Joe Weller has instigated a conflict over water rights between two ranchers. The idea is to have the ranchers do each other in then move in and take over. Hoppy and the good guys won't let this happen.
Sue Morgan gets Hoppy and his friends to join their expedition looking for Indian artifacts. Expedition leader Atwood makes a deal with nearby cattle rustler Morgan to loot the Indian ... See full summary »
A former Bar 20 cowhand is now a cattle rancher and having trouble with rustlers. Hoppy and the Bar 20 gang ride in and surround the the bad guys. June Winters joins the posse and serves as the romantic partner for posse co-leader Lucky.
Belle Langtry runs a town being taken over by cattle rustlers. She is also a front for the outlaws, who are led by Steve Fraser. Hoppy gets elected sheriff and cleans up the town with help from the Bar 20 boys.
At the reading of his late cousin's will, California learns the estate will be divied among whoever remains of the seven relatives. With one already dead, another immediately murdered, and ... See full summary »
The usual gang of bad guys is out to grab up all the available ranch land. This time their object is land belonging to Chinese. As an aside, Hoppy leads some archaeologists through parts of California.
In the 56th film of the 66 in the series (and the first one produced by William Boyd Productions instead of Harry Sherman), Hopalong Cassidy undertakes to help out his old friend, Army Colonel Jed Landry. The Colonel's hot-tempered son, Lieutenant Bruce Landry, has struck his commanding officer and is facing a court martial. Bruce deserts and is believed hiding at a robber's hideout-town known as Twin Buttes. Cassidy departs without telling his two pals, Lucky Jenkins and California Carlson, but they learn his destination and follow him. Hoppy arrives at Twin Buttes and attempts to register at the inn ran by Jessie Dixon but she is suspicious and refuses him a room. Cassidy makes friends with "Professor" Dixon, Jessie's father, and is given a room. Bruce is being kept in a hideout by a group of holdup men headed by Dixon, and has fallen in love with Jessie. She advises him to give himself up and face the Army court-martial, rather than participate in a series of shady deals engineered... Written by
Les Adams <email@example.com>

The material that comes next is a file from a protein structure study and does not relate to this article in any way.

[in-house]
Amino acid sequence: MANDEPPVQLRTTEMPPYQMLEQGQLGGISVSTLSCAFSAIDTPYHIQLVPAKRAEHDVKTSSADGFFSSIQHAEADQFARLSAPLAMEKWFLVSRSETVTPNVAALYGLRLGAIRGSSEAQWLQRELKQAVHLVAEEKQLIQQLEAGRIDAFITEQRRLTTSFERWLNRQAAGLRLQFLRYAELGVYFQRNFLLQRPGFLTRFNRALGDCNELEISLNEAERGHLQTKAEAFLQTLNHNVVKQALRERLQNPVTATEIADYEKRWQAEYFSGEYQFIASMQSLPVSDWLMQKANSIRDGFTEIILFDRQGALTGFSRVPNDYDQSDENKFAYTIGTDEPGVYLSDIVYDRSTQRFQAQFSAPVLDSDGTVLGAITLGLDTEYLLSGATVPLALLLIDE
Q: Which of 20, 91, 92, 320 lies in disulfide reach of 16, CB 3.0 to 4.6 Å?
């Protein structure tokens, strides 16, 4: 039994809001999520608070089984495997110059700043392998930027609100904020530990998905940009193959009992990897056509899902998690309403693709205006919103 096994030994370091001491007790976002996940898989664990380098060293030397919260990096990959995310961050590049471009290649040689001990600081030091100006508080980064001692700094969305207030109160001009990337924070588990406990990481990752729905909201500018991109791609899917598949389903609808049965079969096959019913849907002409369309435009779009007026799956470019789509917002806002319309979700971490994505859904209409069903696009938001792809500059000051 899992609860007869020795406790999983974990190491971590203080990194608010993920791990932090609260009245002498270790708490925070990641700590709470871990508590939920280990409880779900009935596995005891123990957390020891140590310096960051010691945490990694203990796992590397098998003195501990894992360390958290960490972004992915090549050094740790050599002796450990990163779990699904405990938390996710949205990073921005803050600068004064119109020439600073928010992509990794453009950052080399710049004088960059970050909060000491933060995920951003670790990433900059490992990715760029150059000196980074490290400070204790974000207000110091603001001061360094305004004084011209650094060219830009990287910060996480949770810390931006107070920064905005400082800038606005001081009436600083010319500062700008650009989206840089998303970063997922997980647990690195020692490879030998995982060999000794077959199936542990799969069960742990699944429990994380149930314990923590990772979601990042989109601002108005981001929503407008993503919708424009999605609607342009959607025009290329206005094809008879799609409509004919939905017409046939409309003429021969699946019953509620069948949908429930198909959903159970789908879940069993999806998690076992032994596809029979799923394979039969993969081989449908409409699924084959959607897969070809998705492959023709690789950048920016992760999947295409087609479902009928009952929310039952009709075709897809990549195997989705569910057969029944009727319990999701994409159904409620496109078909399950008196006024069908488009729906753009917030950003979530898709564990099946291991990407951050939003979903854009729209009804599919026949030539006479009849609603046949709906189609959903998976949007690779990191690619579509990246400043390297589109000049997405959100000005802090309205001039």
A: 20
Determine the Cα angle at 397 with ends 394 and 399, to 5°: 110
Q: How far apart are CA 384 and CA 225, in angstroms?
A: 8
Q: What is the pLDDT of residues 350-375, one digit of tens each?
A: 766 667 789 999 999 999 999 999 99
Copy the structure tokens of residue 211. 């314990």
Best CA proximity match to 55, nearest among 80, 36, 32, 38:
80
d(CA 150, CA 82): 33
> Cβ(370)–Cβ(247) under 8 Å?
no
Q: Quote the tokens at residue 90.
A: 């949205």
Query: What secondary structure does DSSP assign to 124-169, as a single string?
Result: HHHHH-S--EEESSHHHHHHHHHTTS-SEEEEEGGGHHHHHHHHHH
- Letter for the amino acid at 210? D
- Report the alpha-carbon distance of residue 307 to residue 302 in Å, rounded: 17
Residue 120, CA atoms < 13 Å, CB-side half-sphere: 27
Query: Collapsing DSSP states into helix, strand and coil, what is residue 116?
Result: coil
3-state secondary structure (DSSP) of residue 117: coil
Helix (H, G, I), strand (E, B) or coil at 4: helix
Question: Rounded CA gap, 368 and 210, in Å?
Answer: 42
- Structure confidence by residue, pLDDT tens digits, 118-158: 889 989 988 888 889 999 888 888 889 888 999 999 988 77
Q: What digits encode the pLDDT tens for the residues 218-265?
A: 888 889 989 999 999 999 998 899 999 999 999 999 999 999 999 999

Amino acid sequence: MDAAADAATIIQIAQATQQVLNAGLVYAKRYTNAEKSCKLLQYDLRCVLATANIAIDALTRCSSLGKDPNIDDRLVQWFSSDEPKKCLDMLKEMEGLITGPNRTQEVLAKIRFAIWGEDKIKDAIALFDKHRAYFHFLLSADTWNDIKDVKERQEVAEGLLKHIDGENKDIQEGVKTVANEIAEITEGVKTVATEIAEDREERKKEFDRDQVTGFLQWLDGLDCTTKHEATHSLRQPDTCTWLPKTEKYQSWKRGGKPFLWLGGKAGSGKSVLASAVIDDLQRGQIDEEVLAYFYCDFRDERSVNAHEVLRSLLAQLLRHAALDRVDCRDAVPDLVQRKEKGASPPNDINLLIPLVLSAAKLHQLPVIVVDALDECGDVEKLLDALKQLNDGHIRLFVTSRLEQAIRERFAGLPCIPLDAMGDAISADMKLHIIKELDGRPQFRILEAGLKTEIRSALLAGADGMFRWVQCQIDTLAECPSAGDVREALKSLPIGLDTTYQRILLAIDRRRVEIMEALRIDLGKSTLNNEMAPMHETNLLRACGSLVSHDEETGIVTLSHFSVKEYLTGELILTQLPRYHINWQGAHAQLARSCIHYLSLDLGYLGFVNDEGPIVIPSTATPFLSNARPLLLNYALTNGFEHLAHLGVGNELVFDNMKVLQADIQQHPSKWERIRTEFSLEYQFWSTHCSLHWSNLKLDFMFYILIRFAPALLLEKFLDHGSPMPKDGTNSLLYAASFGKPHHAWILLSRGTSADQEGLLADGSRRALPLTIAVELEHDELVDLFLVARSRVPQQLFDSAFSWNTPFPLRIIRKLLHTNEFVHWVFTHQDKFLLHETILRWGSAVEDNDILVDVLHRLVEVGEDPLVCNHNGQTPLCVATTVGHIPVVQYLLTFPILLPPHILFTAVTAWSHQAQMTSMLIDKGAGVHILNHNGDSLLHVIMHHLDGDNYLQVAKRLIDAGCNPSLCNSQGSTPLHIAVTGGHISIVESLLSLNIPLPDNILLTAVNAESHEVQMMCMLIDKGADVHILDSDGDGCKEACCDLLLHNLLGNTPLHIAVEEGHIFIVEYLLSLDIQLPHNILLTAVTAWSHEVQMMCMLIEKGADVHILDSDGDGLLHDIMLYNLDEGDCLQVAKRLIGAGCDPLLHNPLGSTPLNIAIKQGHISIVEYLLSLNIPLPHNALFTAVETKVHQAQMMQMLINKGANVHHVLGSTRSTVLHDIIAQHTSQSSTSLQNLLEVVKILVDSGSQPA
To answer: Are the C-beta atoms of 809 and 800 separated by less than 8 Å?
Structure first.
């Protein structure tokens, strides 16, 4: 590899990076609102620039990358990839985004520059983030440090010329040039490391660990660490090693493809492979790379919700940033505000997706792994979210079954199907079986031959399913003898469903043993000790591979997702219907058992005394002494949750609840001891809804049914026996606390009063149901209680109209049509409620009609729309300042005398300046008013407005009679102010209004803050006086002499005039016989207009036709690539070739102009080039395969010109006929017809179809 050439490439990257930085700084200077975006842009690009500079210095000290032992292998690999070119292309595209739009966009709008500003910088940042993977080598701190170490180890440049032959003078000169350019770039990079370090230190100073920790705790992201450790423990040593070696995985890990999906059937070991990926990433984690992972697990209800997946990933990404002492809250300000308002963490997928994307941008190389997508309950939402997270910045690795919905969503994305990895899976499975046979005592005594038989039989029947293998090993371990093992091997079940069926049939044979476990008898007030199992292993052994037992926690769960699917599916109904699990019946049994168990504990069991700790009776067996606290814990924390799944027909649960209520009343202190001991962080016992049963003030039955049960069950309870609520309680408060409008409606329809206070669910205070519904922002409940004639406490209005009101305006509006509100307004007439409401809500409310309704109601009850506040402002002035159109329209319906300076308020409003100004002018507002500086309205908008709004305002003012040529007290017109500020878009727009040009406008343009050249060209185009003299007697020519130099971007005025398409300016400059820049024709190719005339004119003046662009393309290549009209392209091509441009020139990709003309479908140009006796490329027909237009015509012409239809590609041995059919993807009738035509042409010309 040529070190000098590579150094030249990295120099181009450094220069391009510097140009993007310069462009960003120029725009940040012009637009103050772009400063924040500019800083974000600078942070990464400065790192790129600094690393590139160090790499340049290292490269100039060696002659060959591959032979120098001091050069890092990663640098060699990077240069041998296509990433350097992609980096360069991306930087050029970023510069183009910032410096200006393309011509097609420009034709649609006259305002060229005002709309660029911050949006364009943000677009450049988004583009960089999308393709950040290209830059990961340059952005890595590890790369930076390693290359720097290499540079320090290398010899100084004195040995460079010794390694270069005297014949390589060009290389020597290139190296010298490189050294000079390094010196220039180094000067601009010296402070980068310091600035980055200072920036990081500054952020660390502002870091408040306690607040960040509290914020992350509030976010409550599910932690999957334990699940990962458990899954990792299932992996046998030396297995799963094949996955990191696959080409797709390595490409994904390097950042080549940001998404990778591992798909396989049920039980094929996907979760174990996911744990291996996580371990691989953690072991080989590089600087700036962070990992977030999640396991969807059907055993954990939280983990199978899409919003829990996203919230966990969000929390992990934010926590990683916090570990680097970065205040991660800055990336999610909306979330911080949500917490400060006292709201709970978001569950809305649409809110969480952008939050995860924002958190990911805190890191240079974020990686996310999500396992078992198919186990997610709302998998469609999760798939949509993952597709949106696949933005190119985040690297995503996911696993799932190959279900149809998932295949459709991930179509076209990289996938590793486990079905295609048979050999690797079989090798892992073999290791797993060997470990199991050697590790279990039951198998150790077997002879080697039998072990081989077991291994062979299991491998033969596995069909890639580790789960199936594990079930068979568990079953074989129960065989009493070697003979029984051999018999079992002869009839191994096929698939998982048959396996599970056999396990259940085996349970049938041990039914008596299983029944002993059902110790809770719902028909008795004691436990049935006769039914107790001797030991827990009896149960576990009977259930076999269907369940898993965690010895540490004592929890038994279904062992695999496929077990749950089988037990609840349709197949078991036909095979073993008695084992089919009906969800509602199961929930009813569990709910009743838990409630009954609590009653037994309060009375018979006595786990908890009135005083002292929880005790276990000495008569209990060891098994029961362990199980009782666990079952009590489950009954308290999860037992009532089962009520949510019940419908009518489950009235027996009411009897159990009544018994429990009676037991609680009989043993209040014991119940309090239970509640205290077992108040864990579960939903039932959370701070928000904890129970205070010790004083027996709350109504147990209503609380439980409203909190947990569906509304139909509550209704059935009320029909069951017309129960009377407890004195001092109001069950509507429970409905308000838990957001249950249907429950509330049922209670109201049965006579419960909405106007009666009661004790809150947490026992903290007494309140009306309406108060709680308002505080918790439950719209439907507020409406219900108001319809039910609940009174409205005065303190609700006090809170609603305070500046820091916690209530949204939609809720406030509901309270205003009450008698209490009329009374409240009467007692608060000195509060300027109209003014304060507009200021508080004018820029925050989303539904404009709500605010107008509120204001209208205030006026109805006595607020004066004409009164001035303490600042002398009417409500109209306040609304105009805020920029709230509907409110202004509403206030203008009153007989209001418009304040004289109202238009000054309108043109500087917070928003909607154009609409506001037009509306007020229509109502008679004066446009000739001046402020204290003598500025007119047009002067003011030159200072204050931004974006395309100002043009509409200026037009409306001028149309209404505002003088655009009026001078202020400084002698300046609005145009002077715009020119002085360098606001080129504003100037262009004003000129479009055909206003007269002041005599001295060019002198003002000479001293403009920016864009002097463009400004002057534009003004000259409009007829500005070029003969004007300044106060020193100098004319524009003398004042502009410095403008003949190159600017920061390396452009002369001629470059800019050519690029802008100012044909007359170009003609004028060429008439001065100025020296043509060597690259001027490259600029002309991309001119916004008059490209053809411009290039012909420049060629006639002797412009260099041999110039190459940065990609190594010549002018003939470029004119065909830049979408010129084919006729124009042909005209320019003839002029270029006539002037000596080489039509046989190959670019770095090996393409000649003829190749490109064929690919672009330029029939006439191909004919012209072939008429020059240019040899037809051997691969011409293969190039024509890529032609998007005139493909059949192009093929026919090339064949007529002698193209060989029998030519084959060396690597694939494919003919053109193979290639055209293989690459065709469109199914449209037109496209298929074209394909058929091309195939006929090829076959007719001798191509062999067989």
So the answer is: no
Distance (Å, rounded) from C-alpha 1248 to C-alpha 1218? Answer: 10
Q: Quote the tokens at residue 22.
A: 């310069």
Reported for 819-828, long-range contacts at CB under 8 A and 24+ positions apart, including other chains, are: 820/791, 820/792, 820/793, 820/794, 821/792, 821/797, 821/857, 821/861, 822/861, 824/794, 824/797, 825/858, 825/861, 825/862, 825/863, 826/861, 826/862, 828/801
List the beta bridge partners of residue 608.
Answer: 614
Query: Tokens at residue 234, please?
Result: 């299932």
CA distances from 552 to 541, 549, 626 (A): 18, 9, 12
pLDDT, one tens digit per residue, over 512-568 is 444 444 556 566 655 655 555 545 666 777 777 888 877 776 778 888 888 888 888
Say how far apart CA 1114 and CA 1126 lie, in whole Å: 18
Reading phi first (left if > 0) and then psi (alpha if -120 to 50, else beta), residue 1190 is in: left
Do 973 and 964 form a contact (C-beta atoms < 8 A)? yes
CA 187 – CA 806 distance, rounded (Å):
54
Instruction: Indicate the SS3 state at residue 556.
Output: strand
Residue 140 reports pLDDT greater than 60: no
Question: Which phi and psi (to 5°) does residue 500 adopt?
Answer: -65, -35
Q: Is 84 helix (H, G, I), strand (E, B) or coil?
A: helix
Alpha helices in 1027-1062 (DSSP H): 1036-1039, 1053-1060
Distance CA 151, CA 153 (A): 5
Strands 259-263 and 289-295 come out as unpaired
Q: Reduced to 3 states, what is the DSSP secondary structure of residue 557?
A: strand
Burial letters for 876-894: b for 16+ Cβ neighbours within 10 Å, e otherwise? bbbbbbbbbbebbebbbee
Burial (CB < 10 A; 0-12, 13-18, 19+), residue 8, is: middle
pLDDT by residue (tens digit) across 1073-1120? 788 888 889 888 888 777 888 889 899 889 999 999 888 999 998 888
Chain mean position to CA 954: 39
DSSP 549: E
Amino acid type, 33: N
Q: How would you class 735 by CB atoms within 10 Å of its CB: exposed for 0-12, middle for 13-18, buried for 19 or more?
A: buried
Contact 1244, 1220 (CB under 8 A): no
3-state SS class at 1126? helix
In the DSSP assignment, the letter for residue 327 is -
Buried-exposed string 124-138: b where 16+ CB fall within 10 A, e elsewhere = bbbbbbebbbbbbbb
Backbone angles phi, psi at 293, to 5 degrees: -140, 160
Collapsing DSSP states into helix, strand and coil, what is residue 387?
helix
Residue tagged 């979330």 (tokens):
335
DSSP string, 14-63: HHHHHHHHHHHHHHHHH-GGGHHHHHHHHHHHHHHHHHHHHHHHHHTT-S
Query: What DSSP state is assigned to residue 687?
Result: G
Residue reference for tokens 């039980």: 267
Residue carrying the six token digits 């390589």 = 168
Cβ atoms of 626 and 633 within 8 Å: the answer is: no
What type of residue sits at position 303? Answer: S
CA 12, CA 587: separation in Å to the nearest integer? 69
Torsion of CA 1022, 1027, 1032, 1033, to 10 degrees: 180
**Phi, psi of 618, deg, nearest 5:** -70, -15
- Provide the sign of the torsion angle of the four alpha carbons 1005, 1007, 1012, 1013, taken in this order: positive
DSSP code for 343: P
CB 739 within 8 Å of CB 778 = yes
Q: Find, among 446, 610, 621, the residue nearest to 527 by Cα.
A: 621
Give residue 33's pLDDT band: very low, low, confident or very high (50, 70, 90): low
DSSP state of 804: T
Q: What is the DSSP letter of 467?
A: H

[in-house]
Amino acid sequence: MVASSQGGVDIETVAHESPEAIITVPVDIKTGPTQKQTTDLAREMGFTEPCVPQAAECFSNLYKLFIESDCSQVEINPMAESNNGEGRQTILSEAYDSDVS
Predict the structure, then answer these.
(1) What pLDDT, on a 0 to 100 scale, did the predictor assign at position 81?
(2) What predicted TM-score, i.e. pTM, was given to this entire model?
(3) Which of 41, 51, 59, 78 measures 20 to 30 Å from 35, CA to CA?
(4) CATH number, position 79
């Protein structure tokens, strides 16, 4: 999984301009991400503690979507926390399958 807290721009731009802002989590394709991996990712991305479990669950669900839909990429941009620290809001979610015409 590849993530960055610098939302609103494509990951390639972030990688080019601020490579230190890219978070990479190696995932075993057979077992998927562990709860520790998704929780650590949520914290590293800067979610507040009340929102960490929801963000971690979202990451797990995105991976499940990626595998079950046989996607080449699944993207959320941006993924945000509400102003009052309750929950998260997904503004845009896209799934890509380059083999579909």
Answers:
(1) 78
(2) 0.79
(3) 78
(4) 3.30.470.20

Hoppy's in black only for the first few minutes of this film, which, as readers of my other Hoppy film's reviews know, is a bad sign. This time, he plays a cattleman. There is very little action in this film. The only gunfight occurs in the last few minutes, & Hoppy isn't even involved in it, so he never actually fires his gun in this film! There isn't even a legitimate horse chase, although Hoppy & Topper do chase a buggy at one point! There's the standard latter day Hoppy-type mystery (in the sense of his being "undercover"), but there's no real mystery here either. Let's see, no mystery, no gunplay from Hoppy, no horse chase. What does that leave? Must be a lot of romance between Lucky & the female lead, right? Nope. She's involved with another character & hardly speaks with Lucky at all. Oh well, maybe it has some good funny parts supplied by California? Nope. One of the least funny of all the later Hoppy movies. I think what really happened here is that the cast & crew decided to take the week off, & just threw this product out there. Earle Hodgins is good in his very minor role (uncharacteristically, for him, playing a straight baddie instead of his usual charlatan snake oil salesman). The highlight of the film is actually watching Hoppy watch Hodgins spit on the ground several times while they're talking. And you know, if that's the highlight, this isn't a very good movie, even for the Hoppy fanatic that I am. I rate it 5/10, & would have rated it a point lower, but it never really got silly or stupid at any point. Miscellaneous comments: I thought I found a blooper when California referred to the baddies as "yellow dogs," a term which I had thought originated during WWII, but according to the "American Dictionary of Slang" (Harper Collins Publishers) this term was in use as early as 1881. In this film, a calendar on the wall shows June 1 as occurring on a Thursday. From 1881 to 1900, the only June firsts to occur on that day were in 1882, 1893, & 1899. Wasting my time trying to instill a little historical accuracy in a B western? Sure, but I take my Hoppy movies very seriously, it's all part of the fun!
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